The following terms are used in this document:
A challenge common to many success criteria is the inability for automatic testing to fully validate conformance and the subsequent time, cost, and expertise needed to perform the necessary manual test to cover the full range of the requirements.
HTML markup can be automatically validated to confirm that it is used according to specification, but a human is required to verify whether the HTML elements used correctly reflect the meaning of the content. For example, text on a web page marked as contained in a paragraph element may not trigger any failure in an automated test, nor would an image with alternative text equal to
red, white, and blue bird, but a human will identify that the text needs to be enclosed in a heading element to reflect the actual use on the page, and also that the proper alternative text for the image is
American Airlines logo. Many existing accessibility success criteria expect informed human evaluation to ensure that the end users benefit from conformance.
The same can be said of very large web-based applications that are developed in an agile manner with updates delivered in rapid succession, often on an hourly basis.
We can think of this as the distinction between quantitative and qualitative analysis. We know how to automatically test for and count the occurrences of relevant markup. However, we do not yet know how to automatically verify the quality of what that markup conveys to the user. In the case of adjudging appropriate quality, informed human review is still required.
There are a number of approaches for mitigating scaling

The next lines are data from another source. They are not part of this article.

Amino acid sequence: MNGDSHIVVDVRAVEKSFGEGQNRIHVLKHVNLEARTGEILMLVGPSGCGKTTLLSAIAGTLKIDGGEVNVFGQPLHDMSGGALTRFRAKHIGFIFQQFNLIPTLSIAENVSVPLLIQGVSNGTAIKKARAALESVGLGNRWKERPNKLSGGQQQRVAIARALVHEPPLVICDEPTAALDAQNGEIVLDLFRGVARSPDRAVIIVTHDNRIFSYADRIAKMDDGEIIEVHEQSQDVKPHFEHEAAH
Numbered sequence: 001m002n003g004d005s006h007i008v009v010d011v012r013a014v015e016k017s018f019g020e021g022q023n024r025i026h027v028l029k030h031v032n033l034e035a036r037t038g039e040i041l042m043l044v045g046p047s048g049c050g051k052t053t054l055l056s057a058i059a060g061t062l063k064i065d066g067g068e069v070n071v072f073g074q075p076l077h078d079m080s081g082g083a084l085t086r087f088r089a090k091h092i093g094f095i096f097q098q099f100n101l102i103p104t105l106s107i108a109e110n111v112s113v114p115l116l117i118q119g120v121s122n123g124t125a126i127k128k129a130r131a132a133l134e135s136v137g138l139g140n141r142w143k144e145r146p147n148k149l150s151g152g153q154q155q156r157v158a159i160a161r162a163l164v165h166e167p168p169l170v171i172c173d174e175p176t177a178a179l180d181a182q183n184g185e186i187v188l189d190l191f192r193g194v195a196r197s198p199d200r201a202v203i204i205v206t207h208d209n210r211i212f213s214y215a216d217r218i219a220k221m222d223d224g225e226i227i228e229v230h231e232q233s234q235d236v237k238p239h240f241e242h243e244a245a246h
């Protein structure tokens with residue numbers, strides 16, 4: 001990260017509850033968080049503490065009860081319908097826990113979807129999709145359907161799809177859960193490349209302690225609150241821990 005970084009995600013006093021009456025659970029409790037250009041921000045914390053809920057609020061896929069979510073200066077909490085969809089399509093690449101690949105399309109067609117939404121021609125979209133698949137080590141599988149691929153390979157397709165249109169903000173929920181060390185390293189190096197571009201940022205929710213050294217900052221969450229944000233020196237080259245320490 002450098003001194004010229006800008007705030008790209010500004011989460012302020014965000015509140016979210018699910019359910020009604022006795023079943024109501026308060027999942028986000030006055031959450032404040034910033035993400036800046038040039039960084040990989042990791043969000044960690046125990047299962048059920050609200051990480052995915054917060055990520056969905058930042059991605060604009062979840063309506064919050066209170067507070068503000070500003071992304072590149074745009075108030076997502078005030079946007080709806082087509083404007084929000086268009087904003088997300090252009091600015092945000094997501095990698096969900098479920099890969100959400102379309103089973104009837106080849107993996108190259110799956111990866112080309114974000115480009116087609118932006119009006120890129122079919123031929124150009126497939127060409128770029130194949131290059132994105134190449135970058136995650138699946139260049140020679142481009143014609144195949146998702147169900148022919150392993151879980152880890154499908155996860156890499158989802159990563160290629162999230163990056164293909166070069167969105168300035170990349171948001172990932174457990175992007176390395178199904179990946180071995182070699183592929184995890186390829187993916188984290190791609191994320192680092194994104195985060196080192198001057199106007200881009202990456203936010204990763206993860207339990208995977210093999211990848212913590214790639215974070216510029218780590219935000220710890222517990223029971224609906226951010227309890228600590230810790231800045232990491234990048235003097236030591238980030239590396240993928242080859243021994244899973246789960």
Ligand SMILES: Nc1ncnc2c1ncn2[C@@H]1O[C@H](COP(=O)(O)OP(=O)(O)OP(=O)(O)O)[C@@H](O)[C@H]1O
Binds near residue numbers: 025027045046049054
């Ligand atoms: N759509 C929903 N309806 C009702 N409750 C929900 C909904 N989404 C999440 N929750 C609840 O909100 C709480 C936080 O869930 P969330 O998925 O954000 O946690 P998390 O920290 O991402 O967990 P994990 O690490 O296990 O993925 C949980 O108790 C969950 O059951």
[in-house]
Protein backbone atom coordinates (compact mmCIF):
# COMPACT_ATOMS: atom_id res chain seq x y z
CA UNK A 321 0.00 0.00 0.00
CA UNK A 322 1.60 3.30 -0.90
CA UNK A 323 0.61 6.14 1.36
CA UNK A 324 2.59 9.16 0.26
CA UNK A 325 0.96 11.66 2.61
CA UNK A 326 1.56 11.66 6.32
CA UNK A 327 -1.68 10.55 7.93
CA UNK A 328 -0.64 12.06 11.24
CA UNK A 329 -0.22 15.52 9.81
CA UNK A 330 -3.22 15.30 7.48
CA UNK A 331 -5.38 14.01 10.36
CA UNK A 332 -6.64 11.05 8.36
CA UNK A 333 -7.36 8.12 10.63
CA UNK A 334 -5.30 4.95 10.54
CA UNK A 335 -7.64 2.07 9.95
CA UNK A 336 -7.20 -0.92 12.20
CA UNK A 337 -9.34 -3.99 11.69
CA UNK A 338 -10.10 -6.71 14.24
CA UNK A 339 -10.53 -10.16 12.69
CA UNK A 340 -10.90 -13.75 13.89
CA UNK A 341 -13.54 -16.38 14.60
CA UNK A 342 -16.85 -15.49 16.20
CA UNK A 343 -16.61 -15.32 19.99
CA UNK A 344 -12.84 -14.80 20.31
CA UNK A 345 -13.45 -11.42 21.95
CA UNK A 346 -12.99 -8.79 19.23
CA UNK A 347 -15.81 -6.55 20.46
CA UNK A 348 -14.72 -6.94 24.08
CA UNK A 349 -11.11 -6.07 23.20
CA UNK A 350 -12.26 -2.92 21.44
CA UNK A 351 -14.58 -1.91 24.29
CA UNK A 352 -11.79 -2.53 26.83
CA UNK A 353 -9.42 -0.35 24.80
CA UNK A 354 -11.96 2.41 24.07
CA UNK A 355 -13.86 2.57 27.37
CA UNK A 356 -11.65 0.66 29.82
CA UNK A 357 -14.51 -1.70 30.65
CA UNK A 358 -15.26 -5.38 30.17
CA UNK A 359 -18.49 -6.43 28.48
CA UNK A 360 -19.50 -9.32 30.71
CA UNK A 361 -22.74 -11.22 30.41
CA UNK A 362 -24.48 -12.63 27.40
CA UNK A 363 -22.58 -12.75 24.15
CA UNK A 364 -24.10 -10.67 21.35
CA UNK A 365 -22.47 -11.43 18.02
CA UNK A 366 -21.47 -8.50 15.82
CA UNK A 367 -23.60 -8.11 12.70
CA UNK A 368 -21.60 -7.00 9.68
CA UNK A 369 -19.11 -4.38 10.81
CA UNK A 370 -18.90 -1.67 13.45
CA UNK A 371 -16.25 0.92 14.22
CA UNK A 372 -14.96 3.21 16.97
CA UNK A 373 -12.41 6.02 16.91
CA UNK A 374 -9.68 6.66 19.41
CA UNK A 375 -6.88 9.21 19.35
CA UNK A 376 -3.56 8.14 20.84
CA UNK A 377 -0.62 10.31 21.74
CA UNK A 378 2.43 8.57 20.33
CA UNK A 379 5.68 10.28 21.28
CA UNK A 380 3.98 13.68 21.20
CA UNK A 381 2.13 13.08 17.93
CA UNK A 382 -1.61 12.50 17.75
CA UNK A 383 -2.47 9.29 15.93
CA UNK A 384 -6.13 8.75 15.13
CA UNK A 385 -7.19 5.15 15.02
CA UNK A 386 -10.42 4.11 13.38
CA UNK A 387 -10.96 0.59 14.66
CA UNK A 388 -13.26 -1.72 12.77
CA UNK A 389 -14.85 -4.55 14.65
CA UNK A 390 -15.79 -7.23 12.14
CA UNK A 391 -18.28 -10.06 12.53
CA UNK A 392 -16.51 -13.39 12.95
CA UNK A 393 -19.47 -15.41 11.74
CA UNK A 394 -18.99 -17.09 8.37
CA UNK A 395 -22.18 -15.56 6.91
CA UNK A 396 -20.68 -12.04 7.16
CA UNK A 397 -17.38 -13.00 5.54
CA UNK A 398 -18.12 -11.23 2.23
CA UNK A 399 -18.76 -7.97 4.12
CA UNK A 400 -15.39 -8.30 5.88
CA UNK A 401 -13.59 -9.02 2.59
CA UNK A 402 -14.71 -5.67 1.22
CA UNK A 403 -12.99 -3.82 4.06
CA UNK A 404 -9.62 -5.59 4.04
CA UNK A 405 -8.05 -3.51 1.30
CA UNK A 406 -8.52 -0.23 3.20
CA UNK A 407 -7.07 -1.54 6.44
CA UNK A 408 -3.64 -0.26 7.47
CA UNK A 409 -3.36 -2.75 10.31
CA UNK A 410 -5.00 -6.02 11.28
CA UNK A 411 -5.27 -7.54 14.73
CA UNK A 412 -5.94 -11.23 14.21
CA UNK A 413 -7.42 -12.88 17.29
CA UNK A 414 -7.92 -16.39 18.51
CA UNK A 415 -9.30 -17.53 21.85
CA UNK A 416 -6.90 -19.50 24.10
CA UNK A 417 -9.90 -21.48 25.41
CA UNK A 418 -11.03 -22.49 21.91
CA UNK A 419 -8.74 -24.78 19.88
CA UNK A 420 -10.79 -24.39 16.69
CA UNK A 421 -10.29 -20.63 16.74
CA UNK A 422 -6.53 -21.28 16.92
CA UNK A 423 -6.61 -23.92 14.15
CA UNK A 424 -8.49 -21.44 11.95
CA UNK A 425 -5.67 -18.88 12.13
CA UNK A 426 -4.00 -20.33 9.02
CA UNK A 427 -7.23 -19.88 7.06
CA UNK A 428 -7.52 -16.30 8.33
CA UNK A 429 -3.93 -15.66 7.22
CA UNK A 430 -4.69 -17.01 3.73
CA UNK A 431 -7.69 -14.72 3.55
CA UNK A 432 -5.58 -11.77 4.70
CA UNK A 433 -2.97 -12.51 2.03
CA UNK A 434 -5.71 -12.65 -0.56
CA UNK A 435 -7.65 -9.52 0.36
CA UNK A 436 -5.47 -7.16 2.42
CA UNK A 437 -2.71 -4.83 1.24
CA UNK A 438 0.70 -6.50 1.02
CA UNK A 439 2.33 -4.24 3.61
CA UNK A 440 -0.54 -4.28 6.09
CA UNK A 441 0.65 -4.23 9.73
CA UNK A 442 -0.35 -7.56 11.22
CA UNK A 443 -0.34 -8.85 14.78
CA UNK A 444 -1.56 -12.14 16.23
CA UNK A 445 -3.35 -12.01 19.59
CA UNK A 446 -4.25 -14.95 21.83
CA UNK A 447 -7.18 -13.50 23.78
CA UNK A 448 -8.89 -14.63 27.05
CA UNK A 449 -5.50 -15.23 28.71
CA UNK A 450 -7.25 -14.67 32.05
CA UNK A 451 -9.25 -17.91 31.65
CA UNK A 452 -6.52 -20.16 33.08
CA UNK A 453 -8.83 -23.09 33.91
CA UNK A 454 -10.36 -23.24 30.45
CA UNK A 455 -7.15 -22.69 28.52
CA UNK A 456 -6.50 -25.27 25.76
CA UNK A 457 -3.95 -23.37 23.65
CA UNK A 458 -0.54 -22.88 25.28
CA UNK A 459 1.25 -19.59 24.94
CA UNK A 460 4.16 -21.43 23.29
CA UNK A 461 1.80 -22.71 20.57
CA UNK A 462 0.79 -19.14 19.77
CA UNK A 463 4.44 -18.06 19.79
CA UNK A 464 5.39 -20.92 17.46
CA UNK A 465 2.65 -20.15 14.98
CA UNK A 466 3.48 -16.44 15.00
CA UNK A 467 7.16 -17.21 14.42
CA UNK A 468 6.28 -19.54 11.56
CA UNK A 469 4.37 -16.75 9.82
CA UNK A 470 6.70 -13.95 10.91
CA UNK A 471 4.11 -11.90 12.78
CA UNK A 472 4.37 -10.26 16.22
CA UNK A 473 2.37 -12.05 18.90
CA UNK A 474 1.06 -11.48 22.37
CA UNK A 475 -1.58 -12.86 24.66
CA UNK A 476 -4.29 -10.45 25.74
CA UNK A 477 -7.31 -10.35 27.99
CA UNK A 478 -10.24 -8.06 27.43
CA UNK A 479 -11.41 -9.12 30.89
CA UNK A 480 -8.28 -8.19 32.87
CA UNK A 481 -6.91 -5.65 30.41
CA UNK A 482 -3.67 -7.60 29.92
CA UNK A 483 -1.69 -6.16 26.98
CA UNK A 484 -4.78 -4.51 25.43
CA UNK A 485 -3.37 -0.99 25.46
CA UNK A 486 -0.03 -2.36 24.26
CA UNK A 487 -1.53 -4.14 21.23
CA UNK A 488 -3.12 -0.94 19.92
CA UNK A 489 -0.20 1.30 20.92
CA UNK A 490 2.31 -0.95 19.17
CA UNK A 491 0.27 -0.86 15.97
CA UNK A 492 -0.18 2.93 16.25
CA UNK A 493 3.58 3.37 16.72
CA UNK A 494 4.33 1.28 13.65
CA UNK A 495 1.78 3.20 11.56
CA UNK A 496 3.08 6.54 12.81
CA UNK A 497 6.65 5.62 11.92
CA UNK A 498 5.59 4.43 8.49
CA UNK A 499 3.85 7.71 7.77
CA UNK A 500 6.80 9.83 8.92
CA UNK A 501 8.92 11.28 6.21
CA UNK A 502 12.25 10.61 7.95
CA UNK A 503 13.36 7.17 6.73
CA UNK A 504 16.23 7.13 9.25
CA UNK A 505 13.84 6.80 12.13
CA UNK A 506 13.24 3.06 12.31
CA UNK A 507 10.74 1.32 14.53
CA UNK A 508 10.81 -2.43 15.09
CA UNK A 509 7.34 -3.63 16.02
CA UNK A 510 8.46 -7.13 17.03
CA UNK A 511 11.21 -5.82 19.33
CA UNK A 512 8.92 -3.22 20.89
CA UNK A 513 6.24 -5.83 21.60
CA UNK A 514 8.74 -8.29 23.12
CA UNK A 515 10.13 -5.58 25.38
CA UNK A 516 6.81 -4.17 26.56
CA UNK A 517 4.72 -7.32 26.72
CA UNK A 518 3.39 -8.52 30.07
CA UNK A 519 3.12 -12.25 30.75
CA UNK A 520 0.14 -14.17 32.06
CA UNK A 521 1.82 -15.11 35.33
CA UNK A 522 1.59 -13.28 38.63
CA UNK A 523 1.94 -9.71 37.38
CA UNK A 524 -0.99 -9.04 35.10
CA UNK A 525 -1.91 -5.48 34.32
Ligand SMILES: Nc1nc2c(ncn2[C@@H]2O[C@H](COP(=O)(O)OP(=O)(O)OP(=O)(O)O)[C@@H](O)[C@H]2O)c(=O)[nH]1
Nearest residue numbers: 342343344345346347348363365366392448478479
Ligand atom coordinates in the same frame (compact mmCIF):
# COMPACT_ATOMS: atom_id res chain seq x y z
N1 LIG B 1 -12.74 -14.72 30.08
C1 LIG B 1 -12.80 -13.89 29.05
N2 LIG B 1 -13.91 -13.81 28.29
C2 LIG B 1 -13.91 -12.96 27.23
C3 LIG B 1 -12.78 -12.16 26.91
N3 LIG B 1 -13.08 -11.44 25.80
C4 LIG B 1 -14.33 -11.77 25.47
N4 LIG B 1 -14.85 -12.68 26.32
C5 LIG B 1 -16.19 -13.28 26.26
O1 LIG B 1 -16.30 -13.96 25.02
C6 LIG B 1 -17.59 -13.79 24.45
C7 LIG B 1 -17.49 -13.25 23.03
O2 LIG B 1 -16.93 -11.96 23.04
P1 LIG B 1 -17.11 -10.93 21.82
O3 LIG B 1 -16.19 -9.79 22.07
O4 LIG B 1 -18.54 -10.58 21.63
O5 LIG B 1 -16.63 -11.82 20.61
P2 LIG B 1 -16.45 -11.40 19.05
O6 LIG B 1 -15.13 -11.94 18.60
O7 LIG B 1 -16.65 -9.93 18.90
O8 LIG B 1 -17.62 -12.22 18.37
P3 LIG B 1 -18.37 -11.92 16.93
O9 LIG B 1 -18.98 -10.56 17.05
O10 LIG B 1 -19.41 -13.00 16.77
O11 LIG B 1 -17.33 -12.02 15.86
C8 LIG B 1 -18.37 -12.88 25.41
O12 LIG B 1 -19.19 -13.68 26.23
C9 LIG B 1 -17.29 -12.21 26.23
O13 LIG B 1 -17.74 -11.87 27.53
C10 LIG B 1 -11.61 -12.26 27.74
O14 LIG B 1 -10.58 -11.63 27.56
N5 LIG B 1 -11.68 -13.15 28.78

challenges. For example, if pages can be built using a small number of page
templates that are fully vetted for conformance to criteria relating to
structure, heading use, and layout, then pages generated with those templates
are much more likely to have well defined headings and structure. Further, if
pages are limited to rendering images that come from a fully vetted library of
images that have well defined ALT text, then issues with poor ALT text can be
minimized if not entirely eliminated. Another approach that can be used in
some situations is to encode website content in a higher-level abstraction
from HTML (e.g. a wiki-based website, when content authors can specify that a
particular piece of text is to be emphasized strongly [which would be rendered
block], but they cannot specify that a
particular piece of text is to be made boldface [so that
is never part of the website]). While none of these approaches can mitigate every challenge in conformance and testing with every success criterion, they are powerful approaches where applicable to help minimize accessibility issues in websites.
Appendix A describes challenges with applying the WCAG 2.x conformance model to specific Guidelines and Success Criteria, primarily based on required human involvement in evaluation of conformance to them. In this draft, the list is not exhaustive, but we intend it to cover all known challenges with all A and AA Success Criteria, by the time this Note is completed.